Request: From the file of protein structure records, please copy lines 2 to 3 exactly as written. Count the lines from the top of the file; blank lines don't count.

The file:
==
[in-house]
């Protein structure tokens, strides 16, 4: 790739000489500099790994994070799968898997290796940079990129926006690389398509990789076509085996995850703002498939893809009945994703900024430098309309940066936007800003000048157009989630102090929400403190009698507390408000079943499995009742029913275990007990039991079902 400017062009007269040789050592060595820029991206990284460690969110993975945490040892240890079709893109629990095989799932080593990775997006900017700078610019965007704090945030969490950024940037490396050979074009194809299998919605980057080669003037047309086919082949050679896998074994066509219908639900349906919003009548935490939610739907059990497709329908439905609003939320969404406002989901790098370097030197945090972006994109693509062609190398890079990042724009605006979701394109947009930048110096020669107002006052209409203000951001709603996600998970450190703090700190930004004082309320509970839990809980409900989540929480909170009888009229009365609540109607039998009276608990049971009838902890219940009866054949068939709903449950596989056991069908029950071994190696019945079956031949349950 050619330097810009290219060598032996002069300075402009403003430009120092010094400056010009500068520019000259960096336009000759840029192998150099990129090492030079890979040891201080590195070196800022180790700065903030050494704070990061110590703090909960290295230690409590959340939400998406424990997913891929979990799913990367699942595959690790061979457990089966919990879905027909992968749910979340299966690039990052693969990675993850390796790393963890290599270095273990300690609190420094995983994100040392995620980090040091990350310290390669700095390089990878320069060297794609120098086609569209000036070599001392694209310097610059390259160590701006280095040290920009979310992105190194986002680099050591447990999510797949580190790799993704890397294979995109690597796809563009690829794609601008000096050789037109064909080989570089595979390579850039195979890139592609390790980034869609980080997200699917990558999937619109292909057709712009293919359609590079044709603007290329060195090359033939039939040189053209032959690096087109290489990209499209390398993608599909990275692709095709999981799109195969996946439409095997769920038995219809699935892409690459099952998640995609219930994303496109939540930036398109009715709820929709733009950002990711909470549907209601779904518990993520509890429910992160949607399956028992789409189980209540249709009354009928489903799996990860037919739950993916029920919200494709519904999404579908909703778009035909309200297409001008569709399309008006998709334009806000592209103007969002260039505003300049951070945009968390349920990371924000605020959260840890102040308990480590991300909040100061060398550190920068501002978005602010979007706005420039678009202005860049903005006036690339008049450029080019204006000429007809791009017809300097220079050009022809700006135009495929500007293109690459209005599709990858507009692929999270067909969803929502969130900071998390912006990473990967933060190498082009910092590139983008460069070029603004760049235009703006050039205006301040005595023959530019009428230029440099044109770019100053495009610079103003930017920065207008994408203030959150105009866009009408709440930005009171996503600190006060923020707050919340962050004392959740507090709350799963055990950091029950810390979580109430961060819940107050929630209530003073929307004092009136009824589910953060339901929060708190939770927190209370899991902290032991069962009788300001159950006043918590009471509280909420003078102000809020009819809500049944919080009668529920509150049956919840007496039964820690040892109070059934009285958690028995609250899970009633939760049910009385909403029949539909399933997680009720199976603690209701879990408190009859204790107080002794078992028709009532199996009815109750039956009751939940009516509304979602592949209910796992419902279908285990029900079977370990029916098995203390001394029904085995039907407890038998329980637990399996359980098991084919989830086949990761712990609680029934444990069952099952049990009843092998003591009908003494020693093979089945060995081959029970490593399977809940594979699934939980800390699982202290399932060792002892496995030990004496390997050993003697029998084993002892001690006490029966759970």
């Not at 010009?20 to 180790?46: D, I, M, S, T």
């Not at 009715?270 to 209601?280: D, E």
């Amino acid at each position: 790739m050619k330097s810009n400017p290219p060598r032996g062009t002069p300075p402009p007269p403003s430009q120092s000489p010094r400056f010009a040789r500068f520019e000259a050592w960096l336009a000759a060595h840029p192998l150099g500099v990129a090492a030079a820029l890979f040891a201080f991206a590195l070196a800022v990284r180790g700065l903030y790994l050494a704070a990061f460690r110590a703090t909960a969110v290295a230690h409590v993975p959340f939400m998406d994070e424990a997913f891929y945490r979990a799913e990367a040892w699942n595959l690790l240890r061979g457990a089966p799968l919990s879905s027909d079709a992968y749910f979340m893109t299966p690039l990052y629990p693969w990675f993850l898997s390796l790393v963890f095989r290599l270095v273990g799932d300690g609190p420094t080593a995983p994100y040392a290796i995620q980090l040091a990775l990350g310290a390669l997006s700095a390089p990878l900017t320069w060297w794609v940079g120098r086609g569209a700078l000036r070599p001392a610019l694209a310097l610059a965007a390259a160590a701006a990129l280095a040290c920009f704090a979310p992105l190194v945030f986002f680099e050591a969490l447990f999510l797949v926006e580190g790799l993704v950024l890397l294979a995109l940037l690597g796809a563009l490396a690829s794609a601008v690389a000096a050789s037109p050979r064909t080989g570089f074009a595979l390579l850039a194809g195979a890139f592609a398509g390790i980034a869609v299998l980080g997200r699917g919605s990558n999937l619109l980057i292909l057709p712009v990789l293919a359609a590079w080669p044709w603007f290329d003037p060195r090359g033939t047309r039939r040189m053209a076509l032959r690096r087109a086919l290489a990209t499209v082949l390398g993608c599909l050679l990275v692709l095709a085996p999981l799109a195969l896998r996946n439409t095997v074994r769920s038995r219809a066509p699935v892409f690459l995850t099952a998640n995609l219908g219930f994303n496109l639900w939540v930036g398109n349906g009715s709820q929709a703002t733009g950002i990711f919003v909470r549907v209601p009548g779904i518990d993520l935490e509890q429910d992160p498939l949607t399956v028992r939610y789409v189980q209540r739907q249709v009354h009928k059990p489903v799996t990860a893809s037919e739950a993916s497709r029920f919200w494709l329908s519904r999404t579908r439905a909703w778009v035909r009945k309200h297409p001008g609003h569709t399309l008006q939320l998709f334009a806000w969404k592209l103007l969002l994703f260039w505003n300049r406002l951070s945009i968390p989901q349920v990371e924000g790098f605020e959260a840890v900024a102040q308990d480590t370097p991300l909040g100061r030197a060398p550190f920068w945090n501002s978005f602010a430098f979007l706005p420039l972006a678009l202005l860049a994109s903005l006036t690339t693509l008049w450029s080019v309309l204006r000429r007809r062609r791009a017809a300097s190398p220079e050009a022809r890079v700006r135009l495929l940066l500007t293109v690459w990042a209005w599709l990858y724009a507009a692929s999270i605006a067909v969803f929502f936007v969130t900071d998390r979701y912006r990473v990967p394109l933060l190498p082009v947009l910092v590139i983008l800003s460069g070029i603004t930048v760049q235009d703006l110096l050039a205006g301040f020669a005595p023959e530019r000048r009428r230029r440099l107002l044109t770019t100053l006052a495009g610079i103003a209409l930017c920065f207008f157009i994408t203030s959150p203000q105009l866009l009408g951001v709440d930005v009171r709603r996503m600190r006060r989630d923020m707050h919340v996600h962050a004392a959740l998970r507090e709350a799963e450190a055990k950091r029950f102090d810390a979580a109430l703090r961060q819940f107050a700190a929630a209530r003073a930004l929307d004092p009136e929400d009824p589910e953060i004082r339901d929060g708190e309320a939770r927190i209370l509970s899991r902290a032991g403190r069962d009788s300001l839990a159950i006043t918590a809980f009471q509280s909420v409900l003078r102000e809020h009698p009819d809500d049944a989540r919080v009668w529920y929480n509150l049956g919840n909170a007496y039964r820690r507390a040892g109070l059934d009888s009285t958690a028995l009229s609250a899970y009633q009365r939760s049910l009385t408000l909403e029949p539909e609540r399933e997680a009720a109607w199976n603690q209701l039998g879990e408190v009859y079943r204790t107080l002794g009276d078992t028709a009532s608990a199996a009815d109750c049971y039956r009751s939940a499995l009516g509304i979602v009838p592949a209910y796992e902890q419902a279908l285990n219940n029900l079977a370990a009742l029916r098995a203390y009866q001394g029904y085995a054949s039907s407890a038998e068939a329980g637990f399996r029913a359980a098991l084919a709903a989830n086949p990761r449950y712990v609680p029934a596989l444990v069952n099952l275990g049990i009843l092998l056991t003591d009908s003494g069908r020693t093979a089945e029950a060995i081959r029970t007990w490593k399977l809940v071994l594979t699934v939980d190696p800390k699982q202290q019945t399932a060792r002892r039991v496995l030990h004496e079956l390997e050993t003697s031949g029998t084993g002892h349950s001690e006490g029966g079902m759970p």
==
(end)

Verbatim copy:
């Protein structure tokens, strides 16, 4: 790739000489500099790994994070799968898997290796940079990129926006690389398509990789076509085996995850703002498939893809009945994703900024430098309309940066936007800003000048157009989630102090929400403190009698507390408000079943499995009742029913275990007990039991079902 400017062009007269040789050592060595820029991206990284460690969110993975945490040892240890079709893109629990095989799932080593990775997006900017700078610019965007704090945030969490950024940037490396050979074009194809299998919605980057080669003037047309086919082949050679896998074994066509219908639900349906919003009548935490939610739907059990497709329908439905609003939320969404406002989901790098370097030197945090972006994109693509062609190398890079990042724009605006979701394109947009930048110096020669107002006052209409203000951001709603996600998970450190703090700190930004004082309320509970839990809980409900989540929480909170009888009229009365609540109607039998009276608990049971009838902890219940009866054949068939709903449950596989056991069908029950071994190696019945079956031949349950 050619330097810009290219060598032996002069300075402009403003430009120092010094400056010009500068520019000259960096336009000759840029192998150099990129090492030079890979040891201080590195070196800022180790700065903030050494704070990061110590703090909960290295230690409590959340939400998406424990997913891929979990799913990367699942595959690790061979457990089966919990879905027909992968749910979340299966690039990052693969990675993850390796790393963890290599270095273990300690609190420094995983994100040392995620980090040091990350310290390669700095390089990878320069060297794609120098086609569209000036070599001392694209310097610059390259160590701006280095040290920009979310992105190194986002680099050591447990999510797949580190790799993704890397294979995109690597796809563009690829794609601008000096050789037109064909080989570089595979390579850039195979890139592609390790980034869609980080997200699917990558999937619109292909057709712009293919359609590079044709603007290329060195090359033939039939040189053209032959690096087109290489990209499209390398993608599909990275692709095709999981799109195969996946439409095997769920038995219809699935892409690459099952998640995609219930994303496109939540930036398109009715709820929709733009950002990711909470549907209601779904518990993520509890429910992160949607399956028992789409189980209540249709009354009928489903799996990860037919739950993916029920919200494709519904999404579908909703778009035909309200297409001008569709399309008006998709334009806000592209103007969002260039505003300049951070945009968390349920990371924000605020959260840890102040308990480590991300909040100061060398550190920068501002978005602010979007706005420039678009202005860049903005006036690339008049450029080019204006000429007809791009017809300097220079050009022809700006135009495929500007293109690459209005599709990858507009692929999270067909969803929502969130900071998390912006990473990967933060190498082009910092590139983008460069070029603004760049235009703006050039205006301040005595023959530019009428230029440099044109770019100053495009610079103003930017920065207008994408203030959150105009866009009408709440930005009171996503600190006060923020707050919340962050004392959740507090709350799963055990950091029950810390979580109430961060819940107050929630209530003073929307004092009136009824589910953060339901929060708190939770927190209370899991902290032991069962009788300001159950006043918590009471509280909420003078102000809020009819809500049944919080009668529920509150049956919840007496039964820690040892109070059934009285958690028995609250899970009633939760049910009385909403029949539909399933997680009720199976603690209701879990408190009859204790107080002794078992028709009532199996009815109750039956009751939940009516509304979602592949209910796992419902279908285990029900079977370990029916098995203390001394029904085995039907407890038998329980637990399996359980098991084919989830086949990761712990609680029934444990069952099952049990009843092998003591009908003494020693093979089945060995081959029970490593399977809940594979699934939980800390699982202290399932060792002892496995030990004496390997050993003697029998084993002892001690006490029966759970």
């Not at 010009?20 to 180790?46: D, I, M, S, T």